By Dennis Myers
Author Terri Farley said last week the Bureau of Land Management was unresponsive when she was writing her new book about wild horses and young people who try to protect them.
“I know people that are staffers for BLM that I’ve gotten along with great, people that I feel have some integrity, and they know what they’re doing and the care about what they’re doing,” she said. “However, everyone who wanted to talk to me had to go through D.C.”
This everything-goes-vertical policy has long drawn complaints from reporters in the West, because it often denies them the most informed perspective, from the BLM people in the field. The problem was especially acute during the April 2014 Bunkerville standoff.
Farley said, “And I have a stack of emails and phone messages—‘We’ll get back to you’; ‘Oh, could you put your questions in writing?’ ”
Moreover, she said that after a long period of being ignored by BLM spokespeople, once she announced on Facebook that the book was finished, they came running.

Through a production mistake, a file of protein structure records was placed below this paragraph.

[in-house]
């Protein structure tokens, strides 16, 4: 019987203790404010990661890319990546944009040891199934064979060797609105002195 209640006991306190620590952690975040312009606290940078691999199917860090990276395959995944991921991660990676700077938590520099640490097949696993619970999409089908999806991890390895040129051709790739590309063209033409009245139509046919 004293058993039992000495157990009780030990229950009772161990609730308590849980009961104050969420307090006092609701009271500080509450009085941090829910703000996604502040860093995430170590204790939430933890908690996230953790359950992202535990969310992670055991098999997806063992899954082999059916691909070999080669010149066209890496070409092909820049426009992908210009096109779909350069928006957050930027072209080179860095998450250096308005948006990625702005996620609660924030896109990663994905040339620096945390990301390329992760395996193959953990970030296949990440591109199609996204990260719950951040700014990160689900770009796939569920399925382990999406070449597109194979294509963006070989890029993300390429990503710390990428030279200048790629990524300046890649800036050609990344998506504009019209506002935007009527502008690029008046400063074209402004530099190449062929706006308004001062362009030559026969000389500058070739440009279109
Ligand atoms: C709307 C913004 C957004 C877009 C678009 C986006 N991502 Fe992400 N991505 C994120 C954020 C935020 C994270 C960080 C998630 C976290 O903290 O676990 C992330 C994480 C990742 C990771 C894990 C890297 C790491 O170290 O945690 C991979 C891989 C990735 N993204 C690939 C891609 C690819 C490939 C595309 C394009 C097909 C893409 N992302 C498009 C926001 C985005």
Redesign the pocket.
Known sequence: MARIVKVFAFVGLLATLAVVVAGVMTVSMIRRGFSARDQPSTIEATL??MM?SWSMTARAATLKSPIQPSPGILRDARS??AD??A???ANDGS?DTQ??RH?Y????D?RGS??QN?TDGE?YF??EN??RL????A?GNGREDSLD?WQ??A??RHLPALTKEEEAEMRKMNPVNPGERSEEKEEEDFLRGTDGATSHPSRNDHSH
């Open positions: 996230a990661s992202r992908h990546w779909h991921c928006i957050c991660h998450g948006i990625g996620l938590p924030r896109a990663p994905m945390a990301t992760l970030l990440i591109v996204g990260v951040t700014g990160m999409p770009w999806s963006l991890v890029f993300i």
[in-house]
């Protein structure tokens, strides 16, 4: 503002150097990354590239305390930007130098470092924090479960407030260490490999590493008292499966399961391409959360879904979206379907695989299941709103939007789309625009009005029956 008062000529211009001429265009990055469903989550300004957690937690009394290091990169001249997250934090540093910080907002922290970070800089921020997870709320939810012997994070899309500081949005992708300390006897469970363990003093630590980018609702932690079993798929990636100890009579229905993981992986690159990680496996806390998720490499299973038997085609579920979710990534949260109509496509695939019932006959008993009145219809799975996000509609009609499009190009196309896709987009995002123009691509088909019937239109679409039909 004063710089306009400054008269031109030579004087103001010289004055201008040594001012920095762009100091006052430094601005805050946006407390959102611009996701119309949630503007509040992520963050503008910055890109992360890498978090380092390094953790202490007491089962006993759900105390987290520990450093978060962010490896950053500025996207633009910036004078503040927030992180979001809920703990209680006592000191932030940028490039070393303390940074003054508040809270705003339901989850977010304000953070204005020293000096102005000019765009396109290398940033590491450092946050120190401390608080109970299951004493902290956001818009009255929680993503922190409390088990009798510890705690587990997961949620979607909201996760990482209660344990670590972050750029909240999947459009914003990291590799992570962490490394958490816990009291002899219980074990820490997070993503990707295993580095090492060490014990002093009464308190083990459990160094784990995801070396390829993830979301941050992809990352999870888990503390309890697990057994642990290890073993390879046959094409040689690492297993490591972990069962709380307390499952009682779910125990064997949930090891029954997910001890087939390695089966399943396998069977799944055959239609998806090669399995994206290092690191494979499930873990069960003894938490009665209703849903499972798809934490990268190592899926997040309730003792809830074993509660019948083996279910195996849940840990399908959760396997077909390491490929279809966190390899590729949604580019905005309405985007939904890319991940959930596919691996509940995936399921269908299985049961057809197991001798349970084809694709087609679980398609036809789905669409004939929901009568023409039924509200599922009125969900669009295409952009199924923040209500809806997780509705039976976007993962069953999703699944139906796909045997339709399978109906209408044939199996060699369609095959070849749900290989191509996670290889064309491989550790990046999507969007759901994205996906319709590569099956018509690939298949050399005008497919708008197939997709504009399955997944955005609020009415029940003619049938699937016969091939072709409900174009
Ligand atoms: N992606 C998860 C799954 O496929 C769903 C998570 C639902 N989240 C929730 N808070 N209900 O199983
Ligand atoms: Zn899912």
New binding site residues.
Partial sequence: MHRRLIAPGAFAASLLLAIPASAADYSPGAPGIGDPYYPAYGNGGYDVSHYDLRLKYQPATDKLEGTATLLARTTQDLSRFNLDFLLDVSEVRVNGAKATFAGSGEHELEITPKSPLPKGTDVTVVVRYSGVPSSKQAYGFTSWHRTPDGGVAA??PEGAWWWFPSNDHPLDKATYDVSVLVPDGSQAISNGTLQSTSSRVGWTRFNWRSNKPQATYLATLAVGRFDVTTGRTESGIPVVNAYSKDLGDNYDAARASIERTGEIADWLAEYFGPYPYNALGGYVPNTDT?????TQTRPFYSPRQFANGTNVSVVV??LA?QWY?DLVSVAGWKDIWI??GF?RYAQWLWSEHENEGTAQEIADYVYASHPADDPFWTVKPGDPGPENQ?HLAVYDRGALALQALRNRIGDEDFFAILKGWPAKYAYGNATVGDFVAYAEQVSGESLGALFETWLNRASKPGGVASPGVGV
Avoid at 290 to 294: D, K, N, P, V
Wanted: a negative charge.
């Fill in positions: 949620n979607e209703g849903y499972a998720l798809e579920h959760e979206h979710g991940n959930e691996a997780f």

She said she pushed back the press date in hope of getting comments from BLM. She was able to pull old quotes from her notes or use quotes from news coverage, but those were only substitutes for an on-point interview. She did send written questions without success.
“And I really did make the book as balanced as it was possible to do without them talking to me,” she said. “But then after I posted it on Facebook that the book was gone and no more changes could be made, I got an email answering my questions.”
Even then, she said, the answers to her questions were mostly taken from material on the BLM website.